- Other Considerations. If you are currently married and this is not your first marriage and you have children from a prior marriage or relationship, be careful to name your spouse because this means that if you die, and your spouse rolls over your retirement account to their own IRA, for example, they are under no obligation to name your children from a prior marriage as beneficiaries on your spouse’s beneficiary designation form. In order to prevent that, you may need to figure out another option, including but not limited to naming a trust as the beneficiary on your beneficiary designation form. However, one of the risks of naming a trust on your beneficiary designation form is if it doesn’t meet all of the necessary requirements, you will forfeit the Stretch Option and the retirement funds will be distributed within 5 years.
If you name a trust on your beneficiary designation form:
- The risk of naming a trust on your beneficiary form is if it doesn’t meet certain requirements you and your loved ones will forfeit the Stretch Option. The consolation prize is that your loved ones will have 5 years to have your retirement account fully distributed, but depending on the size of your retirement account, and the income tax bracket of your loved ones, this can nevertheless result in a significant tax bill. The requirements that your trust must comply with in order to not forfeit the Stretch Option can be found here. Basically, the trust must be considered what is sometimes referred to as a “see through” trust. The reason for this nickname is because in order to take advantage of the Stretch Option, there must be an individual or individuals whose life expectancy can be used to determine the amount of the RMD’s to be paid over time. In other words, the IRS must be able to “see through” the trust and identify the beneficiary or beneficiaries of the trust. These requirements beg the question, what kind of trust needs to be setup in order to meet these requirements? The two most common types of trusts that are discussed in this situation is the IRA Trust and the Family Trust or Revocable Living Trust. An excellent article written by Mat Sorensen on myths and facts about the IRA Trust can be found here. If properly drafted, both the IRA Trust and a Family Trust/Revocable Living Trust can satisfy these requirements. However, there are many reasons why it would be preferable to name an IRA Trust and not a Family Trust/Revocable Living Trust, and vice versa. In short, if your IRA has over $500K of value and if you want any restrictions on the use of the IRA funds upon your passing, a separate IRA Trust would be a benefit. Such a topic will be the subject for another blog, but regardless, you will absolutely want to have your trust reviewed by a competent professional before naming it on your beneficiary designation form to make sure you don’t unintentionally forfeit the Stretch Option.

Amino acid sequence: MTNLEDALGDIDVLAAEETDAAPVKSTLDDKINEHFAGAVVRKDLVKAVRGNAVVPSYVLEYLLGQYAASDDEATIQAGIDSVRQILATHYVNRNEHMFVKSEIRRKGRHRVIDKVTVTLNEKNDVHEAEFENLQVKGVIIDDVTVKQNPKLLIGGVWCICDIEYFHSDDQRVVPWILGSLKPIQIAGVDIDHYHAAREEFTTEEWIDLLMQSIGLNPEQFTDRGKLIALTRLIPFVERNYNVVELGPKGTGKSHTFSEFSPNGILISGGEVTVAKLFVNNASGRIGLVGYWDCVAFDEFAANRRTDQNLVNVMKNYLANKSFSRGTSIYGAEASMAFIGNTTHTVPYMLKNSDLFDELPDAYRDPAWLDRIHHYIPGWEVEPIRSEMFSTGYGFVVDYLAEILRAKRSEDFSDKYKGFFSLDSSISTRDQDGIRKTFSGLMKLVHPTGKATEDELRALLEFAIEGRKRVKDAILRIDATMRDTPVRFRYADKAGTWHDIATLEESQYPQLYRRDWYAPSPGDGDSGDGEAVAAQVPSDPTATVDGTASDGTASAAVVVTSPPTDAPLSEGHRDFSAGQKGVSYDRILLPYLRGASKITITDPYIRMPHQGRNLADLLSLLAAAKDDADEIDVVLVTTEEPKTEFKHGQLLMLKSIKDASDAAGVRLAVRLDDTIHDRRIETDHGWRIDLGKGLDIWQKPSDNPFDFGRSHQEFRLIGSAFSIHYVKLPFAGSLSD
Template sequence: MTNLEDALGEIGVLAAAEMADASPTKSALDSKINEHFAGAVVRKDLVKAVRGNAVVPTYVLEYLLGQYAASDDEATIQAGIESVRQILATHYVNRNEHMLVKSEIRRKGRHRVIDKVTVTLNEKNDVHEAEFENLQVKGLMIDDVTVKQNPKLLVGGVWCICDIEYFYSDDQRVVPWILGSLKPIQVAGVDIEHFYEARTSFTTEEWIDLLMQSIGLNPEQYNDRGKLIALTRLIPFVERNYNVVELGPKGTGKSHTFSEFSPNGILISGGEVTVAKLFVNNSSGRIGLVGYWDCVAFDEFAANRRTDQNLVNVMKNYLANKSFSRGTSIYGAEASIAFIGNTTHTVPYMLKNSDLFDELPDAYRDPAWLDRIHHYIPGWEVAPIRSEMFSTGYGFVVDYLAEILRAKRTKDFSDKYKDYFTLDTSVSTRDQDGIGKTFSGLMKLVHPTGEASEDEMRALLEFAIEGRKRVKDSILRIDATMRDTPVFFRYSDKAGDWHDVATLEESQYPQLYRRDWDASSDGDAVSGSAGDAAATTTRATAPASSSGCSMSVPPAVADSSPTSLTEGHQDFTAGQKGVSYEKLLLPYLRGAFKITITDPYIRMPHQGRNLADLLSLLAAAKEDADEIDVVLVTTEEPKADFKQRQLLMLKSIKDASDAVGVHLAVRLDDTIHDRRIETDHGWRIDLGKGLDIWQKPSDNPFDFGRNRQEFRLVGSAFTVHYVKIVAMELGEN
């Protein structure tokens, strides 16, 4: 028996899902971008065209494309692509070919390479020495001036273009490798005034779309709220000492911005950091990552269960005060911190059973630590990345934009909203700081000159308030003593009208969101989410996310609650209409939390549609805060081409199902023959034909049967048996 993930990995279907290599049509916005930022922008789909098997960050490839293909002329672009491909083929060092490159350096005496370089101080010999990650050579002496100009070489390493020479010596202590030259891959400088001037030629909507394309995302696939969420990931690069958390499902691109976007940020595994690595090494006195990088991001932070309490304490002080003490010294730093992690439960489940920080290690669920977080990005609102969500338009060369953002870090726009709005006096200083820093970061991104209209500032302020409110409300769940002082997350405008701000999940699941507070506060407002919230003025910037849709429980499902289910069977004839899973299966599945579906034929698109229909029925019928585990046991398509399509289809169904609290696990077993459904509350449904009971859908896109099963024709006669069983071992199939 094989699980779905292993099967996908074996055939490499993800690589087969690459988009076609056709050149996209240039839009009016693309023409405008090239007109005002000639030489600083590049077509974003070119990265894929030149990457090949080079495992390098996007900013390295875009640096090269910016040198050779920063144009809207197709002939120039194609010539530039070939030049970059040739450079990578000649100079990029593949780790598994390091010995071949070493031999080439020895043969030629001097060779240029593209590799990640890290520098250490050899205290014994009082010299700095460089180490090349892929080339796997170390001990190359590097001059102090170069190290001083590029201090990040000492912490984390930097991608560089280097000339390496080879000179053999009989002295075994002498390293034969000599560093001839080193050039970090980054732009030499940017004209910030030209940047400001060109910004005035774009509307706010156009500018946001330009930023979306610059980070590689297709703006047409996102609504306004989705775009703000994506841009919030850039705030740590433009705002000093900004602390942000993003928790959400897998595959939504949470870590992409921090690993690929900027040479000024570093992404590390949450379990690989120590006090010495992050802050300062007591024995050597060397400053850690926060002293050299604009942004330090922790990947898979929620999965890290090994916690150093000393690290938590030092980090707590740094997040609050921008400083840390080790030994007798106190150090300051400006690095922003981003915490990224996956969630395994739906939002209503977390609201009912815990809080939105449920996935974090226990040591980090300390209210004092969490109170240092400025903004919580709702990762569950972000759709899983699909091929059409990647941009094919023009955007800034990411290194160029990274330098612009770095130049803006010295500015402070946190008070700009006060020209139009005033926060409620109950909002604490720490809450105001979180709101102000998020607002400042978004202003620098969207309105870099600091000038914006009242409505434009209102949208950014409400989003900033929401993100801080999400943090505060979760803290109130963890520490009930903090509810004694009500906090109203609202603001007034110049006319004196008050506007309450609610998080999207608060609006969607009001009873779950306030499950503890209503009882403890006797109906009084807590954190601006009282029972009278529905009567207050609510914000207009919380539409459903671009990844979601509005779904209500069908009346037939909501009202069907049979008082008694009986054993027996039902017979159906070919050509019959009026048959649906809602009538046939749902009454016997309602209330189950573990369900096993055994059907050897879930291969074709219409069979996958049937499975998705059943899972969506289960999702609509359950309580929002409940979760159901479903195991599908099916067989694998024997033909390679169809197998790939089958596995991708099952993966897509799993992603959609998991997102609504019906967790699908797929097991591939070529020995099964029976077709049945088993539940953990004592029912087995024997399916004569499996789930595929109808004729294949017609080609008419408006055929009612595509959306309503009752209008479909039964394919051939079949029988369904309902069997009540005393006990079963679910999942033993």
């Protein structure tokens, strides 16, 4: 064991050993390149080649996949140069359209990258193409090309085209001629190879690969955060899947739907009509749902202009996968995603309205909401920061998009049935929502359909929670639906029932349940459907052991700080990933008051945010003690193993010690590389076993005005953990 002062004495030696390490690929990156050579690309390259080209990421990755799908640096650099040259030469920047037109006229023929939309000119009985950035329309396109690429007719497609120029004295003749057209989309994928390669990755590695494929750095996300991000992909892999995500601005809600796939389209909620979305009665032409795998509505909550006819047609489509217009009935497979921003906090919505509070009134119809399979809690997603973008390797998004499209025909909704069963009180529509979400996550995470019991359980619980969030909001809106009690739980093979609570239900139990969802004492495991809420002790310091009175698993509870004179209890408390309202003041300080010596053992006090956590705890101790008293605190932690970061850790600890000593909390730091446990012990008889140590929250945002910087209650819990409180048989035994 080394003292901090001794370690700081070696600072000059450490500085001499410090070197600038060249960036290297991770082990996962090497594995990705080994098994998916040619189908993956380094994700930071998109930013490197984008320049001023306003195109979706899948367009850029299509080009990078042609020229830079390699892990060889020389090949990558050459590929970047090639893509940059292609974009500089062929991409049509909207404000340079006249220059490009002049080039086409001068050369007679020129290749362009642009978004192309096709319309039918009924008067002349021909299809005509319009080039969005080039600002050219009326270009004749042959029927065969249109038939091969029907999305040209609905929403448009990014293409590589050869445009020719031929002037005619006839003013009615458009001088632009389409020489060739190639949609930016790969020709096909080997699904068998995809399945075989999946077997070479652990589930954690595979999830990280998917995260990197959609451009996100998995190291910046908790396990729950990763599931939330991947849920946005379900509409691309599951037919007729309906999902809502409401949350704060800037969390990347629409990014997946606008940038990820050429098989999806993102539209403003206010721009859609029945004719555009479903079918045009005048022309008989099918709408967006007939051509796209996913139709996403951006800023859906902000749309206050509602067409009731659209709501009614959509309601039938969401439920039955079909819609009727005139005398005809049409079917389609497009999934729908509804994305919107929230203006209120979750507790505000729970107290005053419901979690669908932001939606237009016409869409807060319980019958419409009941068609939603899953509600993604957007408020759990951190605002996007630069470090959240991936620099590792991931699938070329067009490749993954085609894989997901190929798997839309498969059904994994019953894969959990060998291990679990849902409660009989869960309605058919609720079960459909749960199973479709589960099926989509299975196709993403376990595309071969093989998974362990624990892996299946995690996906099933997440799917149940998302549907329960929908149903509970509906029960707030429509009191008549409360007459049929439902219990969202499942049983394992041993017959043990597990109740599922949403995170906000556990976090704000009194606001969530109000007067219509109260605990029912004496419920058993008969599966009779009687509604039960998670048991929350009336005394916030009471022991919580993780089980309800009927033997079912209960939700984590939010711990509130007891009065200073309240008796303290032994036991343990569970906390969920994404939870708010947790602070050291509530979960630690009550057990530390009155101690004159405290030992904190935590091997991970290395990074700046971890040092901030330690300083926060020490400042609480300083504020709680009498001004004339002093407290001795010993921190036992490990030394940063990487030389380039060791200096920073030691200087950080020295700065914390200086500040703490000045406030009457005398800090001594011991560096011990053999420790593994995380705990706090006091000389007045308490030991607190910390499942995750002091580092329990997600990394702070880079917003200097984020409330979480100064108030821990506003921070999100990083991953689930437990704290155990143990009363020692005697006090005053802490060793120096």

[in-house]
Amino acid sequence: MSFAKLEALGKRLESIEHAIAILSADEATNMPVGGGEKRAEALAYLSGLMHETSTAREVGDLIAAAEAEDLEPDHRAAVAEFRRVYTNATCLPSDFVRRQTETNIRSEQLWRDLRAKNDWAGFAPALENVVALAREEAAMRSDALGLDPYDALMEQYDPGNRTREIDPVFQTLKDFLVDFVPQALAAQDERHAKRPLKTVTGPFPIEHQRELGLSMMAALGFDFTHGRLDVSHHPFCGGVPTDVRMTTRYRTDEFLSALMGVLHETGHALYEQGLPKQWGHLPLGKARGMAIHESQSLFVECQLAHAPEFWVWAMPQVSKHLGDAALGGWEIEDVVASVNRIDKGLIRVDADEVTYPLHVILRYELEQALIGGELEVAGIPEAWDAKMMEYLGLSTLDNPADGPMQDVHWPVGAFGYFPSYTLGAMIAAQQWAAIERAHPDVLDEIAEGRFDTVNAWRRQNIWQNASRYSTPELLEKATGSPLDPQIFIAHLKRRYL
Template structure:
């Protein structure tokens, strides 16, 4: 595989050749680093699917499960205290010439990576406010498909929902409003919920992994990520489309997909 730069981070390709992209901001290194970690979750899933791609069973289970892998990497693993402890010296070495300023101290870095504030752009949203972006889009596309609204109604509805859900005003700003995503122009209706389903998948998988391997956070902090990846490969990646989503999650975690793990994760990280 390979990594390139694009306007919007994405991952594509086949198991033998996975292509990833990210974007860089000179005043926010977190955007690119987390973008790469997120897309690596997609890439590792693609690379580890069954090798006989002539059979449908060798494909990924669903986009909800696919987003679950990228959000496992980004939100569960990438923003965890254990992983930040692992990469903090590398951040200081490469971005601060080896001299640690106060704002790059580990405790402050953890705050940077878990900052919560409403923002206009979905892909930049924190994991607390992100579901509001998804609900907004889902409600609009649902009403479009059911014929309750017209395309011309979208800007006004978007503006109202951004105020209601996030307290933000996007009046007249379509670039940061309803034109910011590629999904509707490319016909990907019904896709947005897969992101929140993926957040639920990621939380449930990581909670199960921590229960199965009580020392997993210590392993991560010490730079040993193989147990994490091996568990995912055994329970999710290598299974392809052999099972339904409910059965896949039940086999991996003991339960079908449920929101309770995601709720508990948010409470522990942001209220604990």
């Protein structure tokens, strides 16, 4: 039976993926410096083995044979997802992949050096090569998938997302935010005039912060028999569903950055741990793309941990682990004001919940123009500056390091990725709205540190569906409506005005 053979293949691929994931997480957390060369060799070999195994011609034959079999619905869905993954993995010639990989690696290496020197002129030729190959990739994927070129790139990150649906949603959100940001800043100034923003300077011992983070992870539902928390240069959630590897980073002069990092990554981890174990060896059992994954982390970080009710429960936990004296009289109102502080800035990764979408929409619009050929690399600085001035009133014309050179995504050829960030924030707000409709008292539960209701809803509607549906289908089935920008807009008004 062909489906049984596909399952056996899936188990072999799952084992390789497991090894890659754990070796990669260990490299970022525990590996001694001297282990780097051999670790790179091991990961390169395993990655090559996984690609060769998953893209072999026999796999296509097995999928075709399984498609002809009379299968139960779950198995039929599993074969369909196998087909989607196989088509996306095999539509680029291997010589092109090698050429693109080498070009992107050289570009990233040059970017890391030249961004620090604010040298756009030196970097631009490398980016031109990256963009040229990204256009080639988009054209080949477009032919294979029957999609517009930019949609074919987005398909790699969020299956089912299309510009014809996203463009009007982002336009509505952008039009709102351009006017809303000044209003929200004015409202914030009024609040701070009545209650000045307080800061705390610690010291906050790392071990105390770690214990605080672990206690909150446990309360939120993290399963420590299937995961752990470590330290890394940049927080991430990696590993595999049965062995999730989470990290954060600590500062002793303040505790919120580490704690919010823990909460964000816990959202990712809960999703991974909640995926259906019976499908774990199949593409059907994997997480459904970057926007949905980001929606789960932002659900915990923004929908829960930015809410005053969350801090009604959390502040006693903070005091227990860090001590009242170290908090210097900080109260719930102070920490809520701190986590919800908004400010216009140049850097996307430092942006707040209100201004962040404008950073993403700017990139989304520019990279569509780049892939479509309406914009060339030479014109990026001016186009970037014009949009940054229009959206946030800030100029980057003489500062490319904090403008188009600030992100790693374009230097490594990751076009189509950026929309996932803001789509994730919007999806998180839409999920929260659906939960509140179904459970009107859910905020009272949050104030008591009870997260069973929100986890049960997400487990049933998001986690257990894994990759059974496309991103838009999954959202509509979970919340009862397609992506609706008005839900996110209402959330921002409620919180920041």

- Creditor Protection. One of the main benefits of naming an IRA Trust as beneficiary on your retirement account beneficiary form is that when you die your retirement account funds will be protected from the creditors of your loved ones. Depending on the circumstances and how the Family Trust/Revocable Living Trust is drafted, the same may also be true.
- Other Considerations. One of the benefits of a properly drafted trust that meets the requirements of the Stretch Option is that instead of having the age of the oldest beneficiary used to calculate the RMD’s under the Stretch Option, each beneficiary can use their own age and thus allow the younger beneficiary’s to further maximize the Stretch Option. This is accomplished by having the trust properly drafted to create sub-trusts for each beneficiary. Therefore, it may be advisable to prepare a customized beneficiary designation form and provide it to your retirement account administrator to sufficiently address these sub-trusts and their respective beneficiaries.
Naming beneficiaries on your beneficiary designation form can be one of the most important decisions you make in your estate plan and part of that is to understand the tax treatment and creditor protection of your retirement account after you die. Please consult with a competent attorney or tax professional to make sure it gets filled out to properly reflect your objectives and to determine whether it’s preferable to setup an IRA Trust, a Revocable Living Trust/Family Trust, or both and how to properly incorporate them into your IRA beneficiary planning.
To View the Article on the Source's Website, KKOS, please visit: